Author: Rajeswari Pillai Rajagopalan, Observer Research Foundation
The India–Australia strategic partnership has grown quite rapidly over the last few years. This is impressive considering how indifferent New Delhi and Canberra were towards each other a decade ago. The change in the tone and direction of the relationship over the past decade is driven by shared concerns about China’s rise and its strategic implications for the Asia Pacific order.
Despite the number of high-level political visits and military exchanges, such as the 2+2 Dialogue, there still remains scepticism about the relationship. Many believe that the shared concerns of both countries have not yet translated into a shared policy approach. Frederic Grare raised this point in 2014, but six years later India and Australia remain unable to forge a coherent strategy or a common policy approach to China.
There has traditionally been some wariness among Australian security analysts about the India–Australia relationship, and vice-versa. But as the threat from China grows, New Delhi and Canberra should find more innovative ways to work together to shape a stable Asian strategic order. The two already work together in larger strategic formulations such as the Quadrilateral Security Dialogue (the Quad).
A new wrinkle in the relationship is the Modi government’s identity politics. Many argue that India’s recent internal developments go against the grain of its strategic partnerships — based on shared liberal democratic values.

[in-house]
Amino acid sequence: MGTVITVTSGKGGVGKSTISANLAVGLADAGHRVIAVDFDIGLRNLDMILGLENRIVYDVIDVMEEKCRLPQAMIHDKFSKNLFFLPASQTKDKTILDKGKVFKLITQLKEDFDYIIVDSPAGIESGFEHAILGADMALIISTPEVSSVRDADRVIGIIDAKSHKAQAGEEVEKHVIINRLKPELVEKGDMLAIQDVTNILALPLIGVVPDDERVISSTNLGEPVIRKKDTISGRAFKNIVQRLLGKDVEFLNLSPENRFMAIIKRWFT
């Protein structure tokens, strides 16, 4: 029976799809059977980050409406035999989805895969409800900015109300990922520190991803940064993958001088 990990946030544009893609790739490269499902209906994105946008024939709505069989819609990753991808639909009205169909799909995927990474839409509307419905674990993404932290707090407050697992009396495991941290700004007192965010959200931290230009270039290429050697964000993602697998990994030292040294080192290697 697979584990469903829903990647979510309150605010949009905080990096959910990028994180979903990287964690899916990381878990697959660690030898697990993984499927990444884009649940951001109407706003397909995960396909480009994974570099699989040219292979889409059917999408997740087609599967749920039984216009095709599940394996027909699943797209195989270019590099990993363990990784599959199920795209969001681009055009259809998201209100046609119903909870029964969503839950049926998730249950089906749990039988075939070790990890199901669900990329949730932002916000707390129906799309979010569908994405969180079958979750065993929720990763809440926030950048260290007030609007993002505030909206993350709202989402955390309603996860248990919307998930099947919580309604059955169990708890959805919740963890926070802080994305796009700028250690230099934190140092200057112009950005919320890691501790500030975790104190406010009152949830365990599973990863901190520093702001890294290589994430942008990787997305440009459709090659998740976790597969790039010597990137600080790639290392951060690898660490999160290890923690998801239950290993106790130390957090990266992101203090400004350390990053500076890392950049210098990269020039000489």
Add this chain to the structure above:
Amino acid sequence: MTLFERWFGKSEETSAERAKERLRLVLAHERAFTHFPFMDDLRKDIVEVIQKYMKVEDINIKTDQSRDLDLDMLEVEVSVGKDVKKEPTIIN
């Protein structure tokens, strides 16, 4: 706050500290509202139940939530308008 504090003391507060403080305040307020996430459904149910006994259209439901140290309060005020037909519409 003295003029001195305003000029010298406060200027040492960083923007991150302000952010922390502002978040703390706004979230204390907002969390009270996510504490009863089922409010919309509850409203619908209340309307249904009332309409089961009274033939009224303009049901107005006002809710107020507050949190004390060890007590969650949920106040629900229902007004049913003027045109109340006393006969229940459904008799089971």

Whether mutual concerns about China are serious enough to offset worries about the unhelpful direction of India’s internal politics and nurture the budding India–Australia strategic partnership remains to be seen.
Australian officials are very positive about the direction of relations. At the fourth Raisina Dialogue in January 2019, Australian Foreign Minister Marise Payne noted that as ‘competition intensifies, Australia and India have shared interests in ensuring the peaceful development of an open, inclusive and prosperous Indo‑Pacific region — a region in which the rights of all states are respected, large and small’.
The signing of a Framework for Security Cooperation between India and Australia in 2014 by Prime Ministers Narendra Modi and then-prime minister Tony Abbott still provides the much-needed impetus for greater security engagement between the two countries.
The two countries are currently finalising a mutual logistics support agreement, an information exchange agreement and a broader maritime agreement. These are expected to increase military interoperability and help ‘elevate’ the strategic partnership.